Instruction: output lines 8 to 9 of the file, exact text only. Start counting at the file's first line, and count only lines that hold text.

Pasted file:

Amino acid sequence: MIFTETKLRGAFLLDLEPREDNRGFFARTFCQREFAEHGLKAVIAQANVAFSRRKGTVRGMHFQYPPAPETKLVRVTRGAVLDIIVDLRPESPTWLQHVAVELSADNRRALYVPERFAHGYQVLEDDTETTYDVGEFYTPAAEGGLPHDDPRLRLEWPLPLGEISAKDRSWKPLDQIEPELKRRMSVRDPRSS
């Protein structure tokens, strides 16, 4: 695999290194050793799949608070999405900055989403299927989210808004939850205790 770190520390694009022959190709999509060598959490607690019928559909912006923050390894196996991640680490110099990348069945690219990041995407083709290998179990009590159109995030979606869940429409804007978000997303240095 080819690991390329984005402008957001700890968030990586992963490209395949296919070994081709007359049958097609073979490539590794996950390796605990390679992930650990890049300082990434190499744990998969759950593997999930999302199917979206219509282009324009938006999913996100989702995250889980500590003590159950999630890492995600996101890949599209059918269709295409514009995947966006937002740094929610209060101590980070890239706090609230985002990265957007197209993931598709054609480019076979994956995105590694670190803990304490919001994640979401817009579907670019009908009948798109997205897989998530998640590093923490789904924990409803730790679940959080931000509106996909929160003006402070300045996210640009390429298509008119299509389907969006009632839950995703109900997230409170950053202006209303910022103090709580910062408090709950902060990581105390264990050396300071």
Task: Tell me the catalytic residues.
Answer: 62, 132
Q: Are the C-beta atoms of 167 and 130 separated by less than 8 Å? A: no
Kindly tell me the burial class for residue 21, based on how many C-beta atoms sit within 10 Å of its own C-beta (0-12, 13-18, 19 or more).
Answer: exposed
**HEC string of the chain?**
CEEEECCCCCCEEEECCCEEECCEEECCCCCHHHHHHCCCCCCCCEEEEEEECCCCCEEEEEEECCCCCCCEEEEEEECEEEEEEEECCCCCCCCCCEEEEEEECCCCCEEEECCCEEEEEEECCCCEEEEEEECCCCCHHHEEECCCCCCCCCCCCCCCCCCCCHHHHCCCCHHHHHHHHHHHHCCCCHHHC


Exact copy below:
**HEC string of the chain?**
CEEEECCCCCCEEEECCCEEECCEEECCCCCHHHHHHCCCCCCCCEEEEEEECCCCCEEEEEEECCCCCCCEEEEEEECEEEEEEEECCCCCCCCCCEEEEEEECCCCCEEEECCCEEEEEEECCCCEEEEEEECCCCCHHHEEECCCCCCCCCCCCCCCCCCCCHHHHCCCCHHHHHHHHHHHHCCCCHHHC